Male flour beetles increase their courtship effort and their sperm count if a female smells of other males according to a study published in the journal Behavioural Ecology.
Researchers from the University of Exeter found that males can detect chemical cues on females that have been in contact with other males and that they use these 'smells' to assess the risk of sperm competition.
If a female has been in contact with fewer than three suitors, males up their game and increase their courtship efforts in order to win her over. However they quickly give up if she smells of more than three rival males.
The researchers also found that males increase their sperm count when mating with females that carry the scent of any other males.
Sarah Lane from the University of Exeter said: "Remarkably, we discovered that although male beetles appear to be willing to take on one or two rivals, they seem to know it is not worth their while to compete with more than three other males. This shows that they are sensitive to indicators of sperm competition, even if the female hasn't actually mated."
Flour beetles exhibit a highly tactile form of courtship in which the male mounts the female and stimulates her, drumming his lower leg along her abdomen until she allows him to mate with her. Such courtship can last for over ten minutes, providing an opportunity for the male to assess the likely sperm competition.
The researchers exposed unmated females to males in a vibrating tube which transferred scent but did not allow them to mate.
The beetles were then observed during courtship to determine whether the number of different male scents on the females influenced courtship effort.
To determine changes in sperm count, females were frozen after mating and the sperm were removed from the reproductive tract and counted.
The scent cues did not provide males with information about female mating status, but rather equipped males with information on the presence and perhaps density of rivals within their mating environment; this information alone elicited an increase in reproductive investment.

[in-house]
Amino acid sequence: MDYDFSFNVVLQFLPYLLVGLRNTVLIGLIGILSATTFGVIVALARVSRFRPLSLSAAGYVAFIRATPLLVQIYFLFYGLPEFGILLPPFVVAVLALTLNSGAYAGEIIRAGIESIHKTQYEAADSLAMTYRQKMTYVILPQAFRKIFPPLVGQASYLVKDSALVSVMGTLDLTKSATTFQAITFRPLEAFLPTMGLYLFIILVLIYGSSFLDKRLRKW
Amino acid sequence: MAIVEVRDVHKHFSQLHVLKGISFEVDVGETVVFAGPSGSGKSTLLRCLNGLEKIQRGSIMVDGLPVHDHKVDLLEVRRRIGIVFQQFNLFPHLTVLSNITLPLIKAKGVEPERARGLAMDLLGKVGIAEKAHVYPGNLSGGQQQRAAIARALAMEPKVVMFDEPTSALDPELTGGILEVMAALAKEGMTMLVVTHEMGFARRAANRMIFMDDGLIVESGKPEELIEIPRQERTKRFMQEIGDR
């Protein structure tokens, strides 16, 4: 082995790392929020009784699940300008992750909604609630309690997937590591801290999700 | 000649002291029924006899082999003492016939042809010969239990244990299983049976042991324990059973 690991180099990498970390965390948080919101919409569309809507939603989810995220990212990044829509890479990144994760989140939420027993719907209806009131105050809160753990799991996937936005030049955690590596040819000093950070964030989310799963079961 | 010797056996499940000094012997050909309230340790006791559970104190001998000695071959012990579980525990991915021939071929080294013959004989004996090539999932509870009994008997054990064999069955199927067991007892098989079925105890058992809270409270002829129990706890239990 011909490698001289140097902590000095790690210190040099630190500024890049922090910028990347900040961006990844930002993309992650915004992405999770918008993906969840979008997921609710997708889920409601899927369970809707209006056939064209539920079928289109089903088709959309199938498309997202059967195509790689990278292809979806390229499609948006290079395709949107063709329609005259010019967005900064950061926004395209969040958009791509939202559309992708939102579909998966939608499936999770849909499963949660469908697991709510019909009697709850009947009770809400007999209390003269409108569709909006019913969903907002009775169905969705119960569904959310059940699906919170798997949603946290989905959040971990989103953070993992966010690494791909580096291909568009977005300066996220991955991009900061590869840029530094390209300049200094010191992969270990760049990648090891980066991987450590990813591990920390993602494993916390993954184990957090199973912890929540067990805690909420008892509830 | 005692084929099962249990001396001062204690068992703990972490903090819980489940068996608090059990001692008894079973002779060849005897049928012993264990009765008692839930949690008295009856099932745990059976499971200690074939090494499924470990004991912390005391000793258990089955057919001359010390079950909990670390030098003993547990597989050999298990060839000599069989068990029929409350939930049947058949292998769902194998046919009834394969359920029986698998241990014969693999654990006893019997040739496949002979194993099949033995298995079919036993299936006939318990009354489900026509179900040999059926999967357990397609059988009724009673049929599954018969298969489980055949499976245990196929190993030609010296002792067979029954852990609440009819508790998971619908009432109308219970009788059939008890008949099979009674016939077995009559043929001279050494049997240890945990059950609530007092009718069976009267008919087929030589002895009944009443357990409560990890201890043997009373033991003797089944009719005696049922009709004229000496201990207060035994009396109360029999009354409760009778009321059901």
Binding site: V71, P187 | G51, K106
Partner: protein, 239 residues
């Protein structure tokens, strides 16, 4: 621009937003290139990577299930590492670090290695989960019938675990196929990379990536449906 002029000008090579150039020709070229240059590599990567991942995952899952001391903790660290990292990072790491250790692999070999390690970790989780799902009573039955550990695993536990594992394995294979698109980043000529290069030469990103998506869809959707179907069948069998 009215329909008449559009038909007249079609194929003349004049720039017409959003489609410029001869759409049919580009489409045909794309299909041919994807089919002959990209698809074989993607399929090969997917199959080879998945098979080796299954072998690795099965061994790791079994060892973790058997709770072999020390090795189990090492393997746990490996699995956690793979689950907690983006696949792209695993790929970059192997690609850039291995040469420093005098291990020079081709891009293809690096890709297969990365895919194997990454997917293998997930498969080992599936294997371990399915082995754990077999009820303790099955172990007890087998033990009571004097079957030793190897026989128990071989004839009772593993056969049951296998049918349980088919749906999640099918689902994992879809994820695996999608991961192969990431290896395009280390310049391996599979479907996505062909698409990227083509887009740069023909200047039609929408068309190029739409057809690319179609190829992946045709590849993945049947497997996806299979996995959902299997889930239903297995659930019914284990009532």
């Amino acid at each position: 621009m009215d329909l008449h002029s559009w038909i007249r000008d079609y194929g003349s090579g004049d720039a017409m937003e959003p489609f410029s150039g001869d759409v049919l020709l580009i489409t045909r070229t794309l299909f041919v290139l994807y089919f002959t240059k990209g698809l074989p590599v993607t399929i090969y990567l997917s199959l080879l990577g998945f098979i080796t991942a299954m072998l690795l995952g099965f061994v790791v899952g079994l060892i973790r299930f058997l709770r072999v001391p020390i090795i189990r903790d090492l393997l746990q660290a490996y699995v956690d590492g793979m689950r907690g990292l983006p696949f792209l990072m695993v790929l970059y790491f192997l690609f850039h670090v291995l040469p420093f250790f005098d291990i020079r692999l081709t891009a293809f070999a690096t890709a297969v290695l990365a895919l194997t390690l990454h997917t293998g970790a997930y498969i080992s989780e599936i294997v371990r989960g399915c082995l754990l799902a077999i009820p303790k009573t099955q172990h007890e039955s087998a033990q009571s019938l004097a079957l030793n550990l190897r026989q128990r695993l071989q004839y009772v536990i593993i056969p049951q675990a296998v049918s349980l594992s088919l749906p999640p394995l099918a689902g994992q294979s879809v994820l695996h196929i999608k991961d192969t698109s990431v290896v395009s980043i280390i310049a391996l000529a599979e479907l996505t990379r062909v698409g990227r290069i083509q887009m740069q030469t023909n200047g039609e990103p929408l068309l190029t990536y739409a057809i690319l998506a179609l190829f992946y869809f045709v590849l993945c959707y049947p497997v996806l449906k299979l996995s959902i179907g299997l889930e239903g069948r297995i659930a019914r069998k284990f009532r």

The study was carried out in collaboration with Okayama University, Japan.
The research was funded by the Natural Environment Research Council, the Royal Society and the Leverhulme Trust.
About the University of Exeter
The University of Exeter is a Russell Group university and in the top one percent of institutions globally. It combines world-class research with very high levels of student satisfaction. Exeter has over 19,000 students and is ranked 7th in The Times and The Sunday Times Good University Guide league table, 10th in The Complete University Guide and 12th in the Guardian University Guide 2014. In the 2014 Research Excellence Framework (REF), the University ranked 16th nationally, with 98% of its research rated as being of international quality. Exeter was The Sunday Times University of the Year 2012-13.
The University has four campuses. The Streatham and St Luke's campuses are in Exeter and there are two campuses in Cornwall, Penryn and Truro. The 2014-2015 academic year marks the 10-year anniversary of the two Cornwall campuses. In a pioneering arrangement in the UK, the Penryn Campus is jointly owned and managed with Falmouth University. At the campus, University of Exeter students can study programmes in the following areas: Animal Behaviour, Conservation Biology and Ecology, English, Environmental Science, Evolutionary Biology, Geography, Geology, History, Human Sciences, Marine Biology, Mining and Minerals Engineering, Politics and International Relations, Renewable Energy and Zoology.
The University has invested strategically to deliver more than £350 million worth of new facilities across its campuses in the past few years; including landmark new student services centres - the Forum in Exeter and The Exchange at Penryn - together with world-class new facilities for Biosciences, the Business School, the Centre for Ecology and Conservation and the Environment and Sustainability Institute. There are plans for another £330 million of investment between now and 2016.
About the University of Exeter's Centre for Ecology and Conservation (CEC)
Staff at the Centre for Ecology and Conservation, based on the Penryn Campus, undertake cutting-edge research that focusses on whole organism biology. The CEC has three interlinked research groups: Behaviour, Ecology and Conservation, and Evolution which constitute 40 academics and over 100 early career researchers. It engages widely with businesses, charities and government agencies and organisations in Cornwall, the Isles of Scilly and beyond to translate its research into societal impact. Staff at the CEC deliver educational programs to some 500 undergraduate and 100 postgraduate students.
A new £5.5 million Science and Engineering Research Support Facility (SERSF) is currently under construction at the Penryn Campus. The facility will bring pioneering business, science and engineering together and will provide space for the growing CEC alongside the University of Exeter Business School, which is expanding into Cornwall, and the University's Marine Renewables team.
The University of Exeter and Falmouth University are founding partners in the Combined Universities in Cornwall (CUC), a unique collaboration between six universities and colleges to promote regional economic regeneration through Higher Education, funded mainly by the European Union (Objective One and Convergence), the South West Regional Development Agency and the Higher Education Funding Council for England, with support from Cornwall Council.